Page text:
Because weekend posts never quite get the same numbers, I consider them slightly obligatory to my original mission (that will never change without disaster) of posting some selection of words every day about work that I’m doing. So in this case, I’ll post a short follow-up to Friday’s post, on the nature of determinism. Philosophy has often been described as a discipline of definitions; we work in inventing and solidifying and arguing over what the best possible definitions of words are.
So here are my working definitions for the key concepts in my thinking about the nature of scientific law, determinism, and freedom. Once they’re on the table, I think people (in professional philosophy at least) can understand why I never plan to write on the formal freedom/determinism problem.
Transcendently determined: Laws of nature are eternal, and exist in some form that transcends their articulation in particular events and movements.
Free: Not affected by determination, and in some of the strongest versions, not even affected by causality; spontaneous action, so much so that it borders on arbitrariness.
Traditionally contingent: An event that unfolded in freedom, understood insofar as it could have been otherwise.
Contingent: A body moves according to its tendencies, effected and conditioned by its history and the context and conditions of its present.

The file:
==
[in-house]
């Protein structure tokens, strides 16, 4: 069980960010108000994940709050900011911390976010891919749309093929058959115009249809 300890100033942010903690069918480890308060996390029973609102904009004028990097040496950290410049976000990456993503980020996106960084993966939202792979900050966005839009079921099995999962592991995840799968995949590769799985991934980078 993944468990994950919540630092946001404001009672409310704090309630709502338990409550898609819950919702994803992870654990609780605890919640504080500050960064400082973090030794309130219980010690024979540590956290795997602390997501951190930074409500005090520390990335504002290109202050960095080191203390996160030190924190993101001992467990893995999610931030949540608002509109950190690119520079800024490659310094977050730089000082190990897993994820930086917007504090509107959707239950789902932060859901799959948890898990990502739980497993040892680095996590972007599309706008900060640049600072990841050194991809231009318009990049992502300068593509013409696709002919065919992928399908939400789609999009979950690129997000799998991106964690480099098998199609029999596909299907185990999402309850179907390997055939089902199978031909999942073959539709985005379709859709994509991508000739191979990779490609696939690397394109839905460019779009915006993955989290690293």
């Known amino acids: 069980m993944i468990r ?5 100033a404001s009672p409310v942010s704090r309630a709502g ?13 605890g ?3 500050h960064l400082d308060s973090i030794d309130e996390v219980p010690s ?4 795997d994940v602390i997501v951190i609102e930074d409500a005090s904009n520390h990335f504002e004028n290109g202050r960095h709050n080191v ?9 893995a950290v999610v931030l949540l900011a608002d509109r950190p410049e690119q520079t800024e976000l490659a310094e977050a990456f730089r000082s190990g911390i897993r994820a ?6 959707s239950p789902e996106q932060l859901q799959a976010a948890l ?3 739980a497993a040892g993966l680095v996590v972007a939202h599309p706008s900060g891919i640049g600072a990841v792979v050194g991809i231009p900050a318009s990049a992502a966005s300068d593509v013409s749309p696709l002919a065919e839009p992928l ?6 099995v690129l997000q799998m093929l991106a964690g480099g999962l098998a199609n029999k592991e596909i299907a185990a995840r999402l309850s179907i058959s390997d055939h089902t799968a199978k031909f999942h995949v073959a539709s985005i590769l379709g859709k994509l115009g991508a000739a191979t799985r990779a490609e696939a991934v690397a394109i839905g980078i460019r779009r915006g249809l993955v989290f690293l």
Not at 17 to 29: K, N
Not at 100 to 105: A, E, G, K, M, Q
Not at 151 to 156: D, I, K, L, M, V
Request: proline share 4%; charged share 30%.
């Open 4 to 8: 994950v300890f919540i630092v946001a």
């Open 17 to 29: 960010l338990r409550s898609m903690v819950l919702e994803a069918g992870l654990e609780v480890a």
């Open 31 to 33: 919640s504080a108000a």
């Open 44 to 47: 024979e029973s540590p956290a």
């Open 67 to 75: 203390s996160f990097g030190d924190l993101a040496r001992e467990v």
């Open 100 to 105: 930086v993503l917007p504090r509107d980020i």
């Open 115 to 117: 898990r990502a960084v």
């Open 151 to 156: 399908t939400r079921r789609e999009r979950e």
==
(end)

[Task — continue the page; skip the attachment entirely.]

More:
Determination by tendency: Bodies with regularity according to their structures and the circumstances in which they find themselves. We can predict these movements mathematically in the form of laws. But the laws are our tools. Bodies move as they will move, and one day, they may surprise us.
Not sure if you are simply pointing to existing usage patterns or trying to nail down these concepts for your own purpose. If the latter, a few suggestions:ReplyDelete
Contingency is often plagued by the confusion over the version that requires an object (contingent on) and the version that doesn't (just contingent). It seems to me that even very educated people only ever think in terms of the former -- things are always "contingent on". My MA thesis was a theory of contingency in modernist aesthetics. At that time, I used exclusively the latter, but now I think it just creates more confusion. If I had my time back, I would just say, "non-necessary" or something like that. Isaiah Berlin's idea of negative liberty vs positive liberty seems to tread the same ground and connects to your notion of free (from determination) vs spontaneously free.
Out of curiosity, I wonder if I'm correct in understanding the latent idea here: in everyday terms, the issue is whether things are the way they are because there is so much inertia surrounding existing configurations or whether things are actually quite susceptible to change and alternative arrangements.
If that's the case, it seems to me that you can take the strong determinism end of the equation off the table as an unknowable and think more in terms of counterfactuals?